Among the names most frequently mentioned as a possible new pope, one stands out: Angelo Cardinal Scola, the Archbishop of Milan.
Born in 1941, Scola holds two doctorates, both in philosophy (the second, earned after his ordination, on Aquinas). He has taught philosophy and moral theology, with an emphasis upon theological anthropology, and served as rector of the Lateran University in Rome. He has published many books and over 120 journal articles. His academic influences include Hans Urs von Balthazar, Henri de Lubac and (inevitably, we suppose) Joseph Ratzinger. Liberals may want to take note that much of his writing has been devoted to questions of "the family," which in Roman Catholicism is an important but sharply limited concept. His farewell address at the Lateran University, on "the nuptial mystery," is an extremely impressive theological essay, but also contains a nuance-free condemnation of birth control. Of course.
Scola is not a deeply experienced pastor, but an expert administrator. Although his parish tenure does not appear to have been long at all -- a few years in the early 1970s -- he served as Bishop of Grosseto from 1991-95, and Patriarch of Venice from 2002-11, before the promotion to Milan.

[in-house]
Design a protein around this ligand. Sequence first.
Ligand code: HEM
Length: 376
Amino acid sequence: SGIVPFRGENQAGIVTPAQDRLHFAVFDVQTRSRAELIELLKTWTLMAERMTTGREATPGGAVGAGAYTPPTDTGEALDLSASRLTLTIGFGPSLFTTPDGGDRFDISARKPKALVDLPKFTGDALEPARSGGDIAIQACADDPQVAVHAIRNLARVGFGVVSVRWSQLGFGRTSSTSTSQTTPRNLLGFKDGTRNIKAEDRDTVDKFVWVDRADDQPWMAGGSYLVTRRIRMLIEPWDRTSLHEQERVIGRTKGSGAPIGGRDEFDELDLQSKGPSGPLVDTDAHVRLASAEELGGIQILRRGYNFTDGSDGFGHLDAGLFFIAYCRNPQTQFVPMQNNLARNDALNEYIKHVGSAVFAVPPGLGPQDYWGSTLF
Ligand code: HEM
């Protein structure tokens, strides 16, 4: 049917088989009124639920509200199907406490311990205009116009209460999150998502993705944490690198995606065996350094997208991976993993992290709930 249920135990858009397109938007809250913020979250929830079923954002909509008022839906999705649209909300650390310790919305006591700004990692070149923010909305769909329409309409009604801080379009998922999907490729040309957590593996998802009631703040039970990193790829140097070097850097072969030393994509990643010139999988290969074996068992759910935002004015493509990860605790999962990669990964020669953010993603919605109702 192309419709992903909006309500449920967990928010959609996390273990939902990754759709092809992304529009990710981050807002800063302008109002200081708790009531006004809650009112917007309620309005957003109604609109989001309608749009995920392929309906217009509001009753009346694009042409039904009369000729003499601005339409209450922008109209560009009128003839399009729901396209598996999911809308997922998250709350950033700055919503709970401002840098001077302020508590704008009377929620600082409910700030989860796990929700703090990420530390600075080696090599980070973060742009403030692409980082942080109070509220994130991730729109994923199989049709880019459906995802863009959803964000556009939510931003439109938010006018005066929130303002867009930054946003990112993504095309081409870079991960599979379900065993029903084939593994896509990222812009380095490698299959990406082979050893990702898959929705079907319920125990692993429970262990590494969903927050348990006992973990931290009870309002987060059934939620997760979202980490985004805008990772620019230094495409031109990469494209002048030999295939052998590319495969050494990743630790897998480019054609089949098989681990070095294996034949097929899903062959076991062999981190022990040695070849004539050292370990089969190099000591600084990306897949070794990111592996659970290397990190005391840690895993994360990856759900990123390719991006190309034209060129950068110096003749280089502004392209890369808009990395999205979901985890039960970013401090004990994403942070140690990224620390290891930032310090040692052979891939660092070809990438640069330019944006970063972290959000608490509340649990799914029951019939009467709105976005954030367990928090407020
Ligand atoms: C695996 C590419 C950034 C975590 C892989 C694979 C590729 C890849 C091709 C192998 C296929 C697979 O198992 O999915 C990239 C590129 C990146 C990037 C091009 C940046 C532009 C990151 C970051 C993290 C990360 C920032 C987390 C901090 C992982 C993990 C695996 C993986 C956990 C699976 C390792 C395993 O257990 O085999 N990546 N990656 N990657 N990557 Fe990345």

He has also written on the subject of Islam, and in 2004 initiated the Oasis Foundation, "to encourage mutual understanding and opportunities for encounter between the Western world and the majority Muslim world." On one hand, knowledge of the world's other dominant religion is a good thing. On the other hand, we would like to know more about his thoughts on the subject.
Not to engage in guilt by association, but we are worried about Scola's friends. According to his Wikipedia entry (sorry!), Scola was championed as a potential pope in 2005, by Srda Trifkovic, in the pages of the palaeo-con journal Chronicles. We can't find the article, so we don't know just what Trifkovic said, but we are still concerned by this. Trifkovic is deeply engaged in anti-Muslim rhetoric, and has also been accused of anti-semitism.
Those who would like to explore Scola's public statements may do so easily at angeloscola.it.